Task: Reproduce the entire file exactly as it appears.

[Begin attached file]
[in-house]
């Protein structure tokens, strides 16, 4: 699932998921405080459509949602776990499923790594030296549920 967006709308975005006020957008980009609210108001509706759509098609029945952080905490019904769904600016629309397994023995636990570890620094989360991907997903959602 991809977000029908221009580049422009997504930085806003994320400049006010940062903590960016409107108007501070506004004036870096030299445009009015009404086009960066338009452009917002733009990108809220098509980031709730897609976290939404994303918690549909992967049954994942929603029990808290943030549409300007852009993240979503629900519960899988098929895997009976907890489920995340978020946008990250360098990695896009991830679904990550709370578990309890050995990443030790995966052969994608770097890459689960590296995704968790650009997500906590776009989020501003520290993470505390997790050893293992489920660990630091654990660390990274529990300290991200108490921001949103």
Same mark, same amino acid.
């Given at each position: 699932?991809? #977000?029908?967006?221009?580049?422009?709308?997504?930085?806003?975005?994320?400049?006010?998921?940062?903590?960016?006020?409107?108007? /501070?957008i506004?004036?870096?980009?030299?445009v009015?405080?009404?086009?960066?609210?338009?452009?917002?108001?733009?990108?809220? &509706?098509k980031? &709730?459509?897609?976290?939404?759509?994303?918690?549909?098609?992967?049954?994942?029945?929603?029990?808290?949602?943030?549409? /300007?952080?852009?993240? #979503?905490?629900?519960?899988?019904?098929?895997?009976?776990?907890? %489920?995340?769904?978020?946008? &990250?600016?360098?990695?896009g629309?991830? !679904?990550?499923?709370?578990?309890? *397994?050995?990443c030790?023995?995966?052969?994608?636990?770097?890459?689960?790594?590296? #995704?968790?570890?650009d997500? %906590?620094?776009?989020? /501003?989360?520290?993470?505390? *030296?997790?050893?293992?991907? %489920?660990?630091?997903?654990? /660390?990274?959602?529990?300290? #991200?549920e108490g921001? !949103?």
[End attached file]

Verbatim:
[in-house]
């Protein structure tokens, strides 16, 4: 699932998921405080459509949602776990499923790594030296549920 967006709308975005006020957008980009609210108001509706759509098609029945952080905490019904769904600016629309397994023995636990570890620094989360991907997903959602 991809977000029908221009580049422009997504930085806003994320400049006010940062903590960016409107108007501070506004004036870096030299445009009015009404086009960066338009452009917002733009990108809220098509980031709730897609976290939404994303918690549909992967049954994942929603029990808290943030549409300007852009993240979503629900519960899988098929895997009976907890489920995340978020946008990250360098990695896009991830679904990550709370578990309890050995990443030790995966052969994608770097890459689960590296995704968790650009997500906590776009989020501003520290993470505390997790050893293992489920660990630091654990660390990274529990300290991200108490921001949103």
Same mark, same amino acid.
């Given at each position: 699932?991809? #977000?029908?967006?221009?580049?422009?709308?997504?930085?806003?975005?994320?400049?006010?998921?940062?903590?960016?006020?409107?108007? /501070?957008i506004?004036?870096?980009?030299?445009v009015?405080?009404?086009?960066?609210?338009?452009?917002?108001?733009?990108?809220? &509706?098509k980031? &709730?459509?897609?976290?939404?759509?994303?918690?549909?098609?992967?049954?994942?029945?929603?029990?808290?949602?943030?549409? /300007?952080?852009?993240? #979503?905490?629900?519960?899988?019904?098929?895997?009976?776990?907890? %489920?995340?769904?978020?946008? &990250?600016?360098?990695?896009g629309?991830? !679904?990550?499923?709370?578990?309890? *397994?050995?990443c030790?023995?995966?052969?994608?636990?770097?890459?689960?790594?590296? #995704?968790?570890?650009d997500? %906590?620094?776009?989020? /501003?989360?520290?993470?505390? *030296?997790?050893?293992?991907? %489920?660990?630091?997903?654990? /660390?990274?959602?529990?300290? #991200?549920e108490g921001? !949103?």